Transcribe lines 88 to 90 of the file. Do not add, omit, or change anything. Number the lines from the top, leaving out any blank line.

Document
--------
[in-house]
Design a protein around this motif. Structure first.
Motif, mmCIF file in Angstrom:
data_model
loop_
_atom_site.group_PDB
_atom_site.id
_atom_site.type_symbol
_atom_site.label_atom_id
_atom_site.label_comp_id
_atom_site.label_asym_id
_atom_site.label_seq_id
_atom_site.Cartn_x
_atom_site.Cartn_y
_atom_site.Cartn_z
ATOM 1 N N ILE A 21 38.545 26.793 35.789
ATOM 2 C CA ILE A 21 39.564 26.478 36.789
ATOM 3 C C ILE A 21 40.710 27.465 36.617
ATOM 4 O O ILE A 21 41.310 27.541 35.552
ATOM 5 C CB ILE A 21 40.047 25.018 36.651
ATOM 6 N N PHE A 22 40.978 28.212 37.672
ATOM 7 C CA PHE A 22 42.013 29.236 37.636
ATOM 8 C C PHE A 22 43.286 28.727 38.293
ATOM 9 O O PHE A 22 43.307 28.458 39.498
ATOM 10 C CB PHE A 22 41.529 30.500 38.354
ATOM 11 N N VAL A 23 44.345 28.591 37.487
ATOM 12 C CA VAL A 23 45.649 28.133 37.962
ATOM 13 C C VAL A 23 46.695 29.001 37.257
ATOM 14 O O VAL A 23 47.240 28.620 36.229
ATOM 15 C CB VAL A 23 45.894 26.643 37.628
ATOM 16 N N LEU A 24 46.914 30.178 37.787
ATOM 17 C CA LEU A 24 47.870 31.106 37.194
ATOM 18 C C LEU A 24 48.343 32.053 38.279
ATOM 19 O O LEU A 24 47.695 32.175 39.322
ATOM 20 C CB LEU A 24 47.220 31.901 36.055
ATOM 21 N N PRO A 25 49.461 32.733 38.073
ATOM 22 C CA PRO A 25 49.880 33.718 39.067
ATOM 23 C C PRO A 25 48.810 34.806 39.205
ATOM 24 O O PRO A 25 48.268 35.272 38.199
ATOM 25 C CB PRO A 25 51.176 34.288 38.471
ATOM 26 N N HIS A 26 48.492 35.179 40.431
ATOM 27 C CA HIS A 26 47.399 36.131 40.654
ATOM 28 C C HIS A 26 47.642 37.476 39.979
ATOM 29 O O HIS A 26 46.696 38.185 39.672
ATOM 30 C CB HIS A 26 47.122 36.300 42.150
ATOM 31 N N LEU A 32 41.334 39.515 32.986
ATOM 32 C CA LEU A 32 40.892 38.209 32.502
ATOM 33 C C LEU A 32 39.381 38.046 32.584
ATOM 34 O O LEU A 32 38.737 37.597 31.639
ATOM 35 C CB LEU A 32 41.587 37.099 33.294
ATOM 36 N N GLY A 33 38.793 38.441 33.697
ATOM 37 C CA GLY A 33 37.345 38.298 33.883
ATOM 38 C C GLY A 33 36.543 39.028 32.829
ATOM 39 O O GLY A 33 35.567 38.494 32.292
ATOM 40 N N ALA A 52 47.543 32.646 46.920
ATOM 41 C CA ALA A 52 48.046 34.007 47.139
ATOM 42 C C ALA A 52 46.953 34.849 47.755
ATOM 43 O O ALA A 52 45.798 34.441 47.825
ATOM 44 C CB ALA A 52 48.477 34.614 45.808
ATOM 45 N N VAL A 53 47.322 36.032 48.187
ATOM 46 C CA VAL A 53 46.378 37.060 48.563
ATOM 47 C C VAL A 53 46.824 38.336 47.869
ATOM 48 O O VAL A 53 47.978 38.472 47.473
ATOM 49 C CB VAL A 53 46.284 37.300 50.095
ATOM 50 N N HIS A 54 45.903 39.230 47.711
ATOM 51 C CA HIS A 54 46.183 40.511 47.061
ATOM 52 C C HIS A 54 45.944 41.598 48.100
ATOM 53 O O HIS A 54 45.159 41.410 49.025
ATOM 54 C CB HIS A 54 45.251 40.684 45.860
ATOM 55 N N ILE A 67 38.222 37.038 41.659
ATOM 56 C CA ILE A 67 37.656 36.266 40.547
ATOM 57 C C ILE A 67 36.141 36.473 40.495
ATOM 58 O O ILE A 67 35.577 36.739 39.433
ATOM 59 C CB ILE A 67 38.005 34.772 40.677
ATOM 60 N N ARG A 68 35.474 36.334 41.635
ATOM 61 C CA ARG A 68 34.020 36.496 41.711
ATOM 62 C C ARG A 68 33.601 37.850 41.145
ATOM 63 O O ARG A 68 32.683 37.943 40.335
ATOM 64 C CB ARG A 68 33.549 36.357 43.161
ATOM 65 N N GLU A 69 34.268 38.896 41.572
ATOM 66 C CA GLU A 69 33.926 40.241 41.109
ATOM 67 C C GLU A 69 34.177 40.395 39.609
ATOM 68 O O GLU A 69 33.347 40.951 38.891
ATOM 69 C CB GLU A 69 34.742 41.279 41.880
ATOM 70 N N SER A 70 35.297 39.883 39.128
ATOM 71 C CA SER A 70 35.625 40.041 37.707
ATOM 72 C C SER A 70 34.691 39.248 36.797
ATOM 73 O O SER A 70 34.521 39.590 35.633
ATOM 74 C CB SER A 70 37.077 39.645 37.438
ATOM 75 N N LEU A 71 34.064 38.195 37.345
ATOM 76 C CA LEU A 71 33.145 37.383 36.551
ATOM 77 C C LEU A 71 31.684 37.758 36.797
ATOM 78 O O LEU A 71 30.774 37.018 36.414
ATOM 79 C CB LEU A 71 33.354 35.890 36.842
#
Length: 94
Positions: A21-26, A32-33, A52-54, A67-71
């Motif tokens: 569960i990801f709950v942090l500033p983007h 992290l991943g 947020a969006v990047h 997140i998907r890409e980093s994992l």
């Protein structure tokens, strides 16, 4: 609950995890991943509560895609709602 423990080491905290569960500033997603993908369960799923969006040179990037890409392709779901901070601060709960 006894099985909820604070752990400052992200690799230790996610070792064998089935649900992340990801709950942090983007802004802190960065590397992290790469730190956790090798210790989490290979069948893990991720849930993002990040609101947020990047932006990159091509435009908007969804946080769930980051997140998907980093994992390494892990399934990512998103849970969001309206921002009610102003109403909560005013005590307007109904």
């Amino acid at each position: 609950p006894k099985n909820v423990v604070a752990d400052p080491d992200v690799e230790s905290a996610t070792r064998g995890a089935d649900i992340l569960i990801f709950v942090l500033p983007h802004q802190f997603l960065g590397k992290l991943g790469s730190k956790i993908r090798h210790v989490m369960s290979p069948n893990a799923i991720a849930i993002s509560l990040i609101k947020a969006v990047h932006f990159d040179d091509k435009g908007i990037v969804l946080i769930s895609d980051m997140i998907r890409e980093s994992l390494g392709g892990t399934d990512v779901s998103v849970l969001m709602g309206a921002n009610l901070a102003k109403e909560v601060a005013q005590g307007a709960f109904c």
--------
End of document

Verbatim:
ATOM 73 O O SER A 70 34.521 39.590 35.633
ATOM 74 C CB SER A 70 37.077 39.645 37.438
ATOM 75 N N LEU A 71 34.064 38.195 37.345